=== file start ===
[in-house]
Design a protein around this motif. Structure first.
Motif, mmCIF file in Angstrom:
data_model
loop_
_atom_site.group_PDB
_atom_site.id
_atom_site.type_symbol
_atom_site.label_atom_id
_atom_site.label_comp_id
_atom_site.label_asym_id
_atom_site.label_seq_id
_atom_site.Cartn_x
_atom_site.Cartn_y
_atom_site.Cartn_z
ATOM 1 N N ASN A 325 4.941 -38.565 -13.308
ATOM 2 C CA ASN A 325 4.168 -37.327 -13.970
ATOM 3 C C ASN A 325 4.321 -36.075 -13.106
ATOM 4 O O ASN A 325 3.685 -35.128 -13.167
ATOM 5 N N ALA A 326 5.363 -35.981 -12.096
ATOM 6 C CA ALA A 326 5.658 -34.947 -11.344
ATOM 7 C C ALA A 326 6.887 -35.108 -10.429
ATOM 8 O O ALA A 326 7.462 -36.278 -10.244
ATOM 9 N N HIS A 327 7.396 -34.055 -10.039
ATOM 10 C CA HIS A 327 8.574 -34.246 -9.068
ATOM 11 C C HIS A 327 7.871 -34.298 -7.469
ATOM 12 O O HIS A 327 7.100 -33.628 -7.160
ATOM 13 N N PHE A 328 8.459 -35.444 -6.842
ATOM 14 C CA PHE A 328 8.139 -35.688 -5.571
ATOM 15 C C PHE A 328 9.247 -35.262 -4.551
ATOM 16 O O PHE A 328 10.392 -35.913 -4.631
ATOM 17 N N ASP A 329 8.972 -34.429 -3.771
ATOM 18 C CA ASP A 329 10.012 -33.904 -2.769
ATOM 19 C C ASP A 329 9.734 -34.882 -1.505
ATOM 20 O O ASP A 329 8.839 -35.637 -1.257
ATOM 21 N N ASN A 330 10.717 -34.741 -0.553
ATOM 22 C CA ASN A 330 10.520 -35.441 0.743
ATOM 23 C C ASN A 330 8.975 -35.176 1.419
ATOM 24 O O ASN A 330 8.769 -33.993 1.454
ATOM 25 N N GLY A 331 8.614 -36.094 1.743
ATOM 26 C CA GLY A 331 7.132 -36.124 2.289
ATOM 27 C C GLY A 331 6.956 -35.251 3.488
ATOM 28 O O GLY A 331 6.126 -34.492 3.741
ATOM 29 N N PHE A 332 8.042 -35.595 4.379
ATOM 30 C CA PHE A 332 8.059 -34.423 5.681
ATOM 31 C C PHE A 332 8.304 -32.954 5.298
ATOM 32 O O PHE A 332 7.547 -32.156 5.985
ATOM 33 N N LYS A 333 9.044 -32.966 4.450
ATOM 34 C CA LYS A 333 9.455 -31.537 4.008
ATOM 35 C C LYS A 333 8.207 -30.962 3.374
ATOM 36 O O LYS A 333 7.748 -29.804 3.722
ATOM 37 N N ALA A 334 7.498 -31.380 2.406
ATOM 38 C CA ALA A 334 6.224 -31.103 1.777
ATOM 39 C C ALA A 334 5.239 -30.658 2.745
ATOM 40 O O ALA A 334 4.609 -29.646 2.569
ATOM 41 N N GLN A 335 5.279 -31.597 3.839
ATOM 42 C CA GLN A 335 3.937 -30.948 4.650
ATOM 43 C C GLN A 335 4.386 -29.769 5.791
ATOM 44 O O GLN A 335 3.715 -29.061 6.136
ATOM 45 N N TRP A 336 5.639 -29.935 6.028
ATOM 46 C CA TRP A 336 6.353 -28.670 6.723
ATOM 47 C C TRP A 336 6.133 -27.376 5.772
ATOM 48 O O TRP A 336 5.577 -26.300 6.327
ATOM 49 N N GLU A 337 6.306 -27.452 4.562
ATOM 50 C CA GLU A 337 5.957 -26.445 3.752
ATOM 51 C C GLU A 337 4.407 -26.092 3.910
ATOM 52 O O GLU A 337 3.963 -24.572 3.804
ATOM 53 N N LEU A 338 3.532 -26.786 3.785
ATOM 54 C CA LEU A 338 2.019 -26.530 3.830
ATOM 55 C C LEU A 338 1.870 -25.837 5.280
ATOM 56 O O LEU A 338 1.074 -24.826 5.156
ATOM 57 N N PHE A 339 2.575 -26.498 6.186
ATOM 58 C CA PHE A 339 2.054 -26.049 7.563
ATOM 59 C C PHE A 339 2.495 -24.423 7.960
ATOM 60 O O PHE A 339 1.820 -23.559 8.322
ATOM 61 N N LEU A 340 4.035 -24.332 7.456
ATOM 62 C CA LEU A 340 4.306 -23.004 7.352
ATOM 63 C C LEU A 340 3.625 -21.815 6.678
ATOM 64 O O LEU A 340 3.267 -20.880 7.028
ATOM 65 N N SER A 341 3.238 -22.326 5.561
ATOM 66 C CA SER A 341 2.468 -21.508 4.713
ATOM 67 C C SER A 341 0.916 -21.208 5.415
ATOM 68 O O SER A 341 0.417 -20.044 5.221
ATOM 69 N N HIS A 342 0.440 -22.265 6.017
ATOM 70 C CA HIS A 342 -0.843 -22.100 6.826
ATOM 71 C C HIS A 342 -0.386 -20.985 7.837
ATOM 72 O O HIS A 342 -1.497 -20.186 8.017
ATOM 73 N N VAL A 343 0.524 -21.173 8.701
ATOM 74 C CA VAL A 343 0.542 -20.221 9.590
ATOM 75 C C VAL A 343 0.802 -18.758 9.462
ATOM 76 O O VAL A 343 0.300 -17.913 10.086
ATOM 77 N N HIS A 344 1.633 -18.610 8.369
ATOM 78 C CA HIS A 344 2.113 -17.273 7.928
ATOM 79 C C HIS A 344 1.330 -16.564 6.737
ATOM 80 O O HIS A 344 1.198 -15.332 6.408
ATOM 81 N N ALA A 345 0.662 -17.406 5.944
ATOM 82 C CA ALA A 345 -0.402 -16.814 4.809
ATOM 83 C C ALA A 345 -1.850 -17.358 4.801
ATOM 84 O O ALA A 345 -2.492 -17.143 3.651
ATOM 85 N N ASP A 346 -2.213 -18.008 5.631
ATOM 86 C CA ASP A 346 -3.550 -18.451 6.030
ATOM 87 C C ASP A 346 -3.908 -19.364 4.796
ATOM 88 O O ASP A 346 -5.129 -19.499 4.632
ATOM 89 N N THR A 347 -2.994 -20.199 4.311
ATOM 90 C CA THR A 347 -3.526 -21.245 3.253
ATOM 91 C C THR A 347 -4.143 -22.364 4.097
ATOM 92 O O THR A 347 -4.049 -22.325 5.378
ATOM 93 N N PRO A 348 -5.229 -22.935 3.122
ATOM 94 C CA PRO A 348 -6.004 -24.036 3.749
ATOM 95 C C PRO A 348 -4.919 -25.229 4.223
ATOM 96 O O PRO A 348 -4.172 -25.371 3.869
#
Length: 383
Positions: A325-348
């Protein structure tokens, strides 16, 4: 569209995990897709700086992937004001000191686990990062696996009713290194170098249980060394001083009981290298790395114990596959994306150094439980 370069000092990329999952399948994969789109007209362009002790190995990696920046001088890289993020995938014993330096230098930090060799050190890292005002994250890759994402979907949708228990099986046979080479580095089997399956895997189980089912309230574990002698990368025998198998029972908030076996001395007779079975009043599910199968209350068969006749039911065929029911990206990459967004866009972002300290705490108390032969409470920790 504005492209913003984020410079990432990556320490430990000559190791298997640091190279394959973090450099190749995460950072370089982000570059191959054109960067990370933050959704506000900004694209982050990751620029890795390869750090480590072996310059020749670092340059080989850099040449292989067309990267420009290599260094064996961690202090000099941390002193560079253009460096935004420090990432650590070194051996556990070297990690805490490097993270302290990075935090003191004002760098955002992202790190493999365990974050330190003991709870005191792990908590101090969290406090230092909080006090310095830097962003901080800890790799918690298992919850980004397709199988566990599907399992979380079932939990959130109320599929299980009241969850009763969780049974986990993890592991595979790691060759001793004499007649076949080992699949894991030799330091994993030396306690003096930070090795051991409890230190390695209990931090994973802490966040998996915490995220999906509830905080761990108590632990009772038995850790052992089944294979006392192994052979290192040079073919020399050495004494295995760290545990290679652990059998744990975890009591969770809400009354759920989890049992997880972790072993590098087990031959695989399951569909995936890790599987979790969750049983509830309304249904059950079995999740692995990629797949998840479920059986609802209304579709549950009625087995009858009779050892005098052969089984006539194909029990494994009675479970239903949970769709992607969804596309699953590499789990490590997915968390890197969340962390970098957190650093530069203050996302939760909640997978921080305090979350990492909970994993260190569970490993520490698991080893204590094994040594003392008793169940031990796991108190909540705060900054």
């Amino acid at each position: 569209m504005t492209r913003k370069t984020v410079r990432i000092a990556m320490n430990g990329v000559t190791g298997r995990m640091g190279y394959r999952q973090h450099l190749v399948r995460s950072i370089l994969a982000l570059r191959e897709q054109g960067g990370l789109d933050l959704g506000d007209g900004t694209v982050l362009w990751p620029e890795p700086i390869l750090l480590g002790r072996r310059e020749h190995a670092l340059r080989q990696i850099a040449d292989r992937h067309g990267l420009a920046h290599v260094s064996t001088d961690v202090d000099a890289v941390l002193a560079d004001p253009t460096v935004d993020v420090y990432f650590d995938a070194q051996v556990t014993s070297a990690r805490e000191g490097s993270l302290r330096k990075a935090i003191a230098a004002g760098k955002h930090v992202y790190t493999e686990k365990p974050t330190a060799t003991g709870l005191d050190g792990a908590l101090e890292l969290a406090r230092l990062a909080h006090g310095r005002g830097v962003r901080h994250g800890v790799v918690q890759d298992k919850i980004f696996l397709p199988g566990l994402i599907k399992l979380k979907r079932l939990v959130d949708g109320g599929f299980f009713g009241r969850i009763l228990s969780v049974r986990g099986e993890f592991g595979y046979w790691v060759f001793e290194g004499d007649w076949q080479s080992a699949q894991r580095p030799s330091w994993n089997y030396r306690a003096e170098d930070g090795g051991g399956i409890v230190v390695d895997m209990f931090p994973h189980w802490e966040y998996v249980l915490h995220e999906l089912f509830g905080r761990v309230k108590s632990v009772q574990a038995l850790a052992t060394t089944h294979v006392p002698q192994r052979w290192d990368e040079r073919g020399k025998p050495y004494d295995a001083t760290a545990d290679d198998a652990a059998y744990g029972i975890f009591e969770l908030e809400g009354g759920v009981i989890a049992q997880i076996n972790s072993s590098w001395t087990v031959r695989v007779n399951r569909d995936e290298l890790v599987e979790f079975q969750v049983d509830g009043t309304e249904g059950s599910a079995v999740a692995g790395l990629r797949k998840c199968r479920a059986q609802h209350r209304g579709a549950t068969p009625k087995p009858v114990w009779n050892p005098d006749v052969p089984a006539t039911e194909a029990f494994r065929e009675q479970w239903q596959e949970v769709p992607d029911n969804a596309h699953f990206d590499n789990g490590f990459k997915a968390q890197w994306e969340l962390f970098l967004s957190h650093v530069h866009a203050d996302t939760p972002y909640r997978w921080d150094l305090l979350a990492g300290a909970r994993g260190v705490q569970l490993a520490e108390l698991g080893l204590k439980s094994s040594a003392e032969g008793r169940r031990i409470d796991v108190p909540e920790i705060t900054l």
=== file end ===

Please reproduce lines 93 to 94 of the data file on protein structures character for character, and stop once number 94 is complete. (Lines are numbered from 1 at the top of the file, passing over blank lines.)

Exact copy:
ATOM 78 C CA HIS A 344 2.113 -17.273 7.928
ATOM 79 C C HIS A 344 1.330 -16.564 6.737